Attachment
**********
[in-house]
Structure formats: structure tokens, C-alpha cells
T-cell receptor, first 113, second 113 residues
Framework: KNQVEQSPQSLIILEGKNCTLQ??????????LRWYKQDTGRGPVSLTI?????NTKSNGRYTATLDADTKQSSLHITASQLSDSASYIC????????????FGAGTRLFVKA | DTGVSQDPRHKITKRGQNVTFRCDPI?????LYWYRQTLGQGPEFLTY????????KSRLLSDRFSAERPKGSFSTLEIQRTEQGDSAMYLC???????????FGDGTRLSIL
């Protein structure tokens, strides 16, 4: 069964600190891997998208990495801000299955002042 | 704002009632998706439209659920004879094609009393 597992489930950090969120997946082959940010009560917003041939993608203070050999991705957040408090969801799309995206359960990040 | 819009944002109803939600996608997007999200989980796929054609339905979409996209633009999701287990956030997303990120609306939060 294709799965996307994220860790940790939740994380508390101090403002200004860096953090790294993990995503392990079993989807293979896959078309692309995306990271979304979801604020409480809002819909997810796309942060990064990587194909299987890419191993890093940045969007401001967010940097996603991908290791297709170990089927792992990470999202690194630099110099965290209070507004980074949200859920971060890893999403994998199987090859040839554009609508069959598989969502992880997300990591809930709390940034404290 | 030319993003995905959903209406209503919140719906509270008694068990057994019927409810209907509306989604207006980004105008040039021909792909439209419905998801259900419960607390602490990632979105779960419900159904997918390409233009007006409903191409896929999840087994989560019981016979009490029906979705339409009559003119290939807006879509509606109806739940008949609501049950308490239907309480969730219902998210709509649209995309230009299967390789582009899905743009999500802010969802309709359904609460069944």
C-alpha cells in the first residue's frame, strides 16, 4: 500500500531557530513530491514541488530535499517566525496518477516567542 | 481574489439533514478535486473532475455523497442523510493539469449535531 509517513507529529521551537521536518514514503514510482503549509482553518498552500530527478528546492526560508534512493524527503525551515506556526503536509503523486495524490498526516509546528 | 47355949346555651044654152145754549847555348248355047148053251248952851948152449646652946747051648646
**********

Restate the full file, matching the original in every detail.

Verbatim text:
[in-house]
Structure formats: structure tokens, C-alpha cells
T-cell receptor, first 113, second 113 residues
Framework: KNQVEQSPQSLIILEGKNCTLQ??????????LRWYKQDTGRGPVSLTI?????NTKSNGRYTATLDADTKQSSLHITASQLSDSASYIC????????????FGAGTRLFVKA | DTGVSQDPRHKITKRGQNVTFRCDPI?????LYWYRQTLGQGPEFLTY????????KSRLLSDRFSAERPKGSFSTLEIQRTEQGDSAMYLC???????????FGDGTRLSIL
């Protein structure tokens, strides 16, 4: 069964600190891997998208990495801000299955002042 | 704002009632998706439209659920004879094609009393 597992489930950090969120997946082959940010009560917003041939993608203070050999991705957040408090969801799309995206359960990040 | 819009944002109803939600996608997007999200989980796929054609339905979409996209633009999701287990956030997303990120609306939060 294709799965996307994220860790940790939740994380508390101090403002200004860096953090790294993990995503392990079993989807293979896959078309692309995306990271979304979801604020409480809002819909997810796309942060990064990587194909299987890419191993890093940045969007401001967010940097996603991908290791297709170990089927792992990470999202690194630099110099965290209070507004980074949200859920971060890893999403994998199987090859040839554009609508069959598989969502992880997300990591809930709390940034404290 | 030319993003995905959903209406209503919140719906509270008694068990057994019927409810209907509306989604207006980004105008040039021909792909439209419905998801259900419960607390602490990632979105779960419900159904997918390409233009007006409903191409896929999840087994989560019981016979009490029906979705339409009559003119290939807006879509509606109806739940008949609501049950308490239907309480969730219902998210709509649209995309230009299967390789582009899905743009999500802010969802309709359904609460069944």
C-alpha cells in the first residue's frame, strides 16, 4: 500500500531557530513530491514541488530535499517566525496518477516567542 | 481574489439533514478535486473532475455523497442523510493539469449535531 509517513507529529521551537521536518514514503514510482503549509482553518498552500530527478528546492526560508534512493524527503525551515506556526503536509503523486495524490498526516509546528 | 47355949346555651044654152145754549847555348248355047148053251248952851948152449646652946747051648646